LappajŠrvi Impact Breccia (field of view 7.0 cm across) from the LappajŠrvi Impact Structure in southwestern Finland (63¼ 09" N, 23¼ 40' E).  This sample contains some fragments of impact melt, so the term suevite can be applied to this rock.

The LappajŠrvi Impact Structure is located in east-central Vaasa Province, southwestern Finland.  It's represents the eroded remnants of a Late Cretaceous impact event.  The target area consists principally of Precambrian basement rocks of the Fennoscandian/Baltic Shield.  Impact rocks at LappajŠrvi include polymict impact breccias, suevites, and melt-matrix breccias.  Impact-generated microdiamonds have been found in the impact rocks of this structure as well.

Age: 73-77 million years (Campanian Stage, late Late Cretaceous).






Black Onaping Impact Breccia (field of view: 3.7 cm across) from the Sudbury Impact Structure in Ontario, Canada.  This attractive black impact breccia is part of a thick succession of impact breccias associated with the 1.85 billion year old Sudbury Impact Structure of southern Ontario, Canada.  The rock is carbon-rich, which accounts for its blackish color.  Several published studies have determined that the unusual carbon molecule C60 (buckminsterfullerene, or "buckyball") is present in these rocks.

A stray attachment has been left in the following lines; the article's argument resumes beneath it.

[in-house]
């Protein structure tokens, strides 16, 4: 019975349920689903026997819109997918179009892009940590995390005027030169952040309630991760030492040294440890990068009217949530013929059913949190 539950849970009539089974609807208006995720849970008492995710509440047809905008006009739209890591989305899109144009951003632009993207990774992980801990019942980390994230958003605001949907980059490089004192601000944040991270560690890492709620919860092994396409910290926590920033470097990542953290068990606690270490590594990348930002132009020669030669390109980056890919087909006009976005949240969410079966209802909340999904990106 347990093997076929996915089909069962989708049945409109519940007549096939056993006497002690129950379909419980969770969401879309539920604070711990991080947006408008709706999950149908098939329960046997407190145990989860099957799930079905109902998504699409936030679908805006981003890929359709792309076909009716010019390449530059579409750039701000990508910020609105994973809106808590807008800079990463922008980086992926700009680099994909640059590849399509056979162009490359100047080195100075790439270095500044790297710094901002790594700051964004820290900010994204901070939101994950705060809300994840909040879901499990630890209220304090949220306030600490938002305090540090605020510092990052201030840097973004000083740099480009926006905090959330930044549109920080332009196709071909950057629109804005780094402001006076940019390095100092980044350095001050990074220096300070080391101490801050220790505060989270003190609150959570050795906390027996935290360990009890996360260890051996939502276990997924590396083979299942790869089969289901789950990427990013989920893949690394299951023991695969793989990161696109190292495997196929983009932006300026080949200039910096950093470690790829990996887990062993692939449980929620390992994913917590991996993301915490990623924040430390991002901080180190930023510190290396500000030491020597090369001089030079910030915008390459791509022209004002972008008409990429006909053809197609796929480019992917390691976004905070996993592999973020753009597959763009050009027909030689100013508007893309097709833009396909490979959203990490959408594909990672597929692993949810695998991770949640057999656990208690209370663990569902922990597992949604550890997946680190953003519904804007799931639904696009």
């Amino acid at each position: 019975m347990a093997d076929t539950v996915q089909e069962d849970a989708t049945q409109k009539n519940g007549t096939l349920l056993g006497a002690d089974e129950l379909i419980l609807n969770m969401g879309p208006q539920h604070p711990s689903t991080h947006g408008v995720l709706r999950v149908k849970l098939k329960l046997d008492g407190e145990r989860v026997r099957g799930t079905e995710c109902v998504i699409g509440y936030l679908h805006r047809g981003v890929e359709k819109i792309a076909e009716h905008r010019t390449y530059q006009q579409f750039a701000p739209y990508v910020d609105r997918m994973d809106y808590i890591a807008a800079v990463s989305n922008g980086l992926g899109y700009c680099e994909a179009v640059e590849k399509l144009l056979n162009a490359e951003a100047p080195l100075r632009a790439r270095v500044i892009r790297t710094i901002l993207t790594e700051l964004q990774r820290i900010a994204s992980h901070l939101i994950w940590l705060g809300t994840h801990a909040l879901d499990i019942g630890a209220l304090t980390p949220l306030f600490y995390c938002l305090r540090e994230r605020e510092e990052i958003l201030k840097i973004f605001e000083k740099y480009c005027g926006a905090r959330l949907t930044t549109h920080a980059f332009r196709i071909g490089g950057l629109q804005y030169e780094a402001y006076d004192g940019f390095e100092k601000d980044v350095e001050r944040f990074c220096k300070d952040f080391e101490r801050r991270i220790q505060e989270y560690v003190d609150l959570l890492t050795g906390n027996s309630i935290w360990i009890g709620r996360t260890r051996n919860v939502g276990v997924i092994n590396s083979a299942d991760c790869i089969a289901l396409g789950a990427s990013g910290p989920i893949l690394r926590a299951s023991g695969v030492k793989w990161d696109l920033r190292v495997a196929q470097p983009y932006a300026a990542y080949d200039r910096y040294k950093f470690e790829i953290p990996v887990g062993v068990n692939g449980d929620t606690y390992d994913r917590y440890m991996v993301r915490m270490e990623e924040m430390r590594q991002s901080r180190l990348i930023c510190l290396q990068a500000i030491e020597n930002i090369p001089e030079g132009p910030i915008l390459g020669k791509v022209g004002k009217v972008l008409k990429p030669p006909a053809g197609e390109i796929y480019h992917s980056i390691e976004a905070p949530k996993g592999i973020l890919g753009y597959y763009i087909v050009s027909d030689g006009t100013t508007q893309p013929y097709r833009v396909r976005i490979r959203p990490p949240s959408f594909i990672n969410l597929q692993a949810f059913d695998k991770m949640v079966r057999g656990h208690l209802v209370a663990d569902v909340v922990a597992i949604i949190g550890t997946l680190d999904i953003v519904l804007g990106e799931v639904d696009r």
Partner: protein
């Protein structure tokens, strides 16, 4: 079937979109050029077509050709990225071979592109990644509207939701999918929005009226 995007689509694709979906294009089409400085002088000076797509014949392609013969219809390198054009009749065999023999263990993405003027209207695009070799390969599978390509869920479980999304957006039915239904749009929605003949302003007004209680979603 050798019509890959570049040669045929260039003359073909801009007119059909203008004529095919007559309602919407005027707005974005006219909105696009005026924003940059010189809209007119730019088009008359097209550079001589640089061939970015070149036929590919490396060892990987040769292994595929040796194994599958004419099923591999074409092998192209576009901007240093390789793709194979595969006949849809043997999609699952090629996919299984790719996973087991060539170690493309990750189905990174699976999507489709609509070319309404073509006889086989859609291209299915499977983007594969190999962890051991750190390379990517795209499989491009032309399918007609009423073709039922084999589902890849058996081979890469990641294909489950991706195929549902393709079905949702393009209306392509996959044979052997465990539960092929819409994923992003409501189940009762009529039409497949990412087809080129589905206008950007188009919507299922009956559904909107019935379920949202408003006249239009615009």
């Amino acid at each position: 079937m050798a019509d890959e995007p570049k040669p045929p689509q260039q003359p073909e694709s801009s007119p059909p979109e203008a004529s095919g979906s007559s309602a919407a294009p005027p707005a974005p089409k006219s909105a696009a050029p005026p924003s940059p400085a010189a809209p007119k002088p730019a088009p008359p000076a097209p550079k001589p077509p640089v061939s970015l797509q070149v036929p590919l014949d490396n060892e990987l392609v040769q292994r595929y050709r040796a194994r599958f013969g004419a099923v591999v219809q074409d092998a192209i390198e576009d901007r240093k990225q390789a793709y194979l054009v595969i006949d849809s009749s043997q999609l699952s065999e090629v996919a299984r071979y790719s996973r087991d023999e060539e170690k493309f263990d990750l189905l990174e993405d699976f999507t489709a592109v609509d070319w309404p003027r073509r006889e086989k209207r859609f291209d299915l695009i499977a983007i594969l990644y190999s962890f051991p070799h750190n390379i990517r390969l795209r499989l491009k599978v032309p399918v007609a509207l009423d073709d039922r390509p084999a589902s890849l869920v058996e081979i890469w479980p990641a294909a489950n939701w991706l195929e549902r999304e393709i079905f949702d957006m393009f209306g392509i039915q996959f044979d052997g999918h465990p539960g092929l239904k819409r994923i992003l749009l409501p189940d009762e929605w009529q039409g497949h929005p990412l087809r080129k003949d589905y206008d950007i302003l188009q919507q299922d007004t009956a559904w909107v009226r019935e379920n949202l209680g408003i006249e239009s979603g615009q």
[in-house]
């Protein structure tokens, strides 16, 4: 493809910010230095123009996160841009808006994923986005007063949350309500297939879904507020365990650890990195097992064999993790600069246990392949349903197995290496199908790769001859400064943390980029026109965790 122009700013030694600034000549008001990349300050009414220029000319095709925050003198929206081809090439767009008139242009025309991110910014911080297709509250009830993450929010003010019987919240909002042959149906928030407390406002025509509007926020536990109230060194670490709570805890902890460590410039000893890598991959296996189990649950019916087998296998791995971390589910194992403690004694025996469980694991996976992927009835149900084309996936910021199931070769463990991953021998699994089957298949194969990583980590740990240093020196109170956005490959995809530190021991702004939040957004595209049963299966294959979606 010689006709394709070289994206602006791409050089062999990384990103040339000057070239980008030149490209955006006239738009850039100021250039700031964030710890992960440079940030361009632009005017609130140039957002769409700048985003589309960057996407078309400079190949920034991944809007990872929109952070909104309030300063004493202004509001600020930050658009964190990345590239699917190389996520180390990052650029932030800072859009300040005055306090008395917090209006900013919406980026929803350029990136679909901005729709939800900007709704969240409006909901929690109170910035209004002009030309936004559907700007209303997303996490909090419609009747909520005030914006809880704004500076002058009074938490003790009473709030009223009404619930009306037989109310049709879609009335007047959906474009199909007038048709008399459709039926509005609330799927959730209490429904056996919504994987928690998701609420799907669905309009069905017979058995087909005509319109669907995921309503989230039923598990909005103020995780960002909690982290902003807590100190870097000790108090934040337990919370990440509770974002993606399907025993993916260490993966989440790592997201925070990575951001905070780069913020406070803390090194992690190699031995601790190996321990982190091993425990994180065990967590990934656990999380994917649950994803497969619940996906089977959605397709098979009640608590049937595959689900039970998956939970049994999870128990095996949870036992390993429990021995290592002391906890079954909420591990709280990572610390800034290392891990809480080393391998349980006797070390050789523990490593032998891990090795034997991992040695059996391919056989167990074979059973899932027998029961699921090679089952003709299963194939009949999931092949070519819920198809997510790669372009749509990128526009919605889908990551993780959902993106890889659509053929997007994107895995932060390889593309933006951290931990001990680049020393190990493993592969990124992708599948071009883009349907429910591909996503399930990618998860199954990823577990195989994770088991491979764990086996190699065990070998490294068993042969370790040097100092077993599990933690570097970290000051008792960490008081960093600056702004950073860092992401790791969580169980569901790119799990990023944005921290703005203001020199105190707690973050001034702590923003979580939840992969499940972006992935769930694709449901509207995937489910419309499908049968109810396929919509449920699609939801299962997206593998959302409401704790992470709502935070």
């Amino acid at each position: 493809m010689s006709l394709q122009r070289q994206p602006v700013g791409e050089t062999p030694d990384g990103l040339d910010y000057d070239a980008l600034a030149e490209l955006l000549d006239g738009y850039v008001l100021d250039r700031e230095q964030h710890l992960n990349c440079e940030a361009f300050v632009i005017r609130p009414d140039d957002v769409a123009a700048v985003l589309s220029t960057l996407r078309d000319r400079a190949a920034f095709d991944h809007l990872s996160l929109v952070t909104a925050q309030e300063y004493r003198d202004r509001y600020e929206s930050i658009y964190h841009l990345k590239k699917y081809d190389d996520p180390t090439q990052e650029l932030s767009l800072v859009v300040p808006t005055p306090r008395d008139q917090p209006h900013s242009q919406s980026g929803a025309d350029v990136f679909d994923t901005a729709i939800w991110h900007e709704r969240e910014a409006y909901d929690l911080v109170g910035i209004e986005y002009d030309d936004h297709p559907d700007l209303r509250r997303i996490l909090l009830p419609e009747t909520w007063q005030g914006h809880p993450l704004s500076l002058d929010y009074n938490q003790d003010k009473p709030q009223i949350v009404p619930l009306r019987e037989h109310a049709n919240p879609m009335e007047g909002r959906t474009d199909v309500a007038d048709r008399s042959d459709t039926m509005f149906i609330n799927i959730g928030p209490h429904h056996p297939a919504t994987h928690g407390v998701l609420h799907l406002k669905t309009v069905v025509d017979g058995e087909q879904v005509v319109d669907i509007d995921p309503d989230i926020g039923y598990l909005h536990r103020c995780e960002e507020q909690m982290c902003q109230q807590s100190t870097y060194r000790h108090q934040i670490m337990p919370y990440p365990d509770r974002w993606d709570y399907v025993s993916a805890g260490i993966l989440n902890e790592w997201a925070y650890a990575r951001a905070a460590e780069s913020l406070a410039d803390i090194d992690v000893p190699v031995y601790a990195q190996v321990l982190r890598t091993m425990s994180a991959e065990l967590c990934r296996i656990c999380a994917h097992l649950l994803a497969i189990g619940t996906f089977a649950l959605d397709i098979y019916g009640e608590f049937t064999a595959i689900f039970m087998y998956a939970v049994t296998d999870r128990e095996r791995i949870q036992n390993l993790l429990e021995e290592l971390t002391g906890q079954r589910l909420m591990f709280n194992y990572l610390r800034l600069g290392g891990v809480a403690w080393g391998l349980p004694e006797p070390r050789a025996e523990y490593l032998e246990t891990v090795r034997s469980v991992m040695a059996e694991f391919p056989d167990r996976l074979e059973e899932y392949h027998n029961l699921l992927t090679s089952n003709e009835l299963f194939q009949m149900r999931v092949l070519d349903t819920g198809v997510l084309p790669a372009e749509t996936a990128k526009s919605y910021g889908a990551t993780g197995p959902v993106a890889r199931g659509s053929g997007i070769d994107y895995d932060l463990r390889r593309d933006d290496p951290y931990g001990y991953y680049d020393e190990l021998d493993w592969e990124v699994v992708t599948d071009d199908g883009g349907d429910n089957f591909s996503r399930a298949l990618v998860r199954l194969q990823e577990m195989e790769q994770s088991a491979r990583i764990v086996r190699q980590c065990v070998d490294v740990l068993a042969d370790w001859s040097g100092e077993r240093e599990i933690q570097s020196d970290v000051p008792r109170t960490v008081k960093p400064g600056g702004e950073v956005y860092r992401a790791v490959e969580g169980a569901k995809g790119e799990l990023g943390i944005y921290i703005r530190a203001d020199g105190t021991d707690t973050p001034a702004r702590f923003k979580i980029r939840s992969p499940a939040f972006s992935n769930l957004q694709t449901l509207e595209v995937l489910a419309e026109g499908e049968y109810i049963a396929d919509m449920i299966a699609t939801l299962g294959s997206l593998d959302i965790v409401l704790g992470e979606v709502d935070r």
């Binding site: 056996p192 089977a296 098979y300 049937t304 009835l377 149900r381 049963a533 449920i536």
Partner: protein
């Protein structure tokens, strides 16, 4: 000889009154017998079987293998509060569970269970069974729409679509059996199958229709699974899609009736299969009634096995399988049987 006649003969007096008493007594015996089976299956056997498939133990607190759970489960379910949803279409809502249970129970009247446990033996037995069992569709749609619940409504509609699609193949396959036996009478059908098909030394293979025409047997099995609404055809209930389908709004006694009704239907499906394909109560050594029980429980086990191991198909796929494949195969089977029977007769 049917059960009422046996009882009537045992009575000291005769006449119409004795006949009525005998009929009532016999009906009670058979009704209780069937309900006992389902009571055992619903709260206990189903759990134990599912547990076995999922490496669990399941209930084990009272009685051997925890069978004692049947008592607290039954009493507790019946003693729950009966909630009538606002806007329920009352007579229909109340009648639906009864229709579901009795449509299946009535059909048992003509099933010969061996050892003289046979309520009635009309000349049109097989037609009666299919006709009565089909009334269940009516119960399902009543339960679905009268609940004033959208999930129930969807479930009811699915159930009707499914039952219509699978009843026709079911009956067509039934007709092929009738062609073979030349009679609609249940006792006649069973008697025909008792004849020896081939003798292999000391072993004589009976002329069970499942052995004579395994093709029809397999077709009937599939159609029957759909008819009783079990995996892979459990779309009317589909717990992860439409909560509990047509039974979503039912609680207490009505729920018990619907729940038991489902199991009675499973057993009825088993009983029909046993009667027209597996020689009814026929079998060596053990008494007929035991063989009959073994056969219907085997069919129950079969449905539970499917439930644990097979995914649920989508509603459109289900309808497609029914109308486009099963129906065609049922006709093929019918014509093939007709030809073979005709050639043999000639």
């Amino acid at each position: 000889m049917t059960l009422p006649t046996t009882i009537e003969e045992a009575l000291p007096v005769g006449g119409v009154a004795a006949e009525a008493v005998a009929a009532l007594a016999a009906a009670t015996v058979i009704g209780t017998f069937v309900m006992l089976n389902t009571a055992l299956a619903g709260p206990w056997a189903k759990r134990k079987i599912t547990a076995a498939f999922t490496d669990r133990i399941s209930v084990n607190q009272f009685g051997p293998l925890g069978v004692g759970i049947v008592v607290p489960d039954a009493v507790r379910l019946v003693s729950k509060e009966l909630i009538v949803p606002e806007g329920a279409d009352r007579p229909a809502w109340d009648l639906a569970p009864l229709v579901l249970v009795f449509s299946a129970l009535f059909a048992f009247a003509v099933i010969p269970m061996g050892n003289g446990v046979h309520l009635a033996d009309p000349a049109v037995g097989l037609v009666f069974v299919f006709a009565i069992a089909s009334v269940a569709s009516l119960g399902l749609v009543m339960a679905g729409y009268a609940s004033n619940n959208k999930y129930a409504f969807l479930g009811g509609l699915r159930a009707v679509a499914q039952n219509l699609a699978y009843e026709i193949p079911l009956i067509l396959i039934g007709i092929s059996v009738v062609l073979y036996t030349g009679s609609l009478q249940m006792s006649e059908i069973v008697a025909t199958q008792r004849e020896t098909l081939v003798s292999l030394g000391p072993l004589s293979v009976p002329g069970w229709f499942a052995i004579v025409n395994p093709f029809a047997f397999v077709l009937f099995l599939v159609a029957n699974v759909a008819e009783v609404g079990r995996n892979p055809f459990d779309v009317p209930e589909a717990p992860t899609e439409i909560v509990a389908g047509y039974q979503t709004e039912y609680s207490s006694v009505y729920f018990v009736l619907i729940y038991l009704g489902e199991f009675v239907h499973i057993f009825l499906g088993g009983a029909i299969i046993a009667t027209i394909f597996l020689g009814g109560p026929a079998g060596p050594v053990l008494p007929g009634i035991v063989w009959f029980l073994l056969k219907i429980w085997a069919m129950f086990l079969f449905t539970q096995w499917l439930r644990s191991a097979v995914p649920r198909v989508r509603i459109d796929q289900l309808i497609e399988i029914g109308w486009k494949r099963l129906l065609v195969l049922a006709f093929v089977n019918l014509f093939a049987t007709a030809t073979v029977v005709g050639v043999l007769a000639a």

The Sudbury Impact Structure is the 2nd-largest preserved impact crater on Earth.  The impact crater is gigantic, but is no longer circular.  Tectonic collision and regional metamorphism during the Precambrian have deformed the impact structure into an ellipsoidal shape.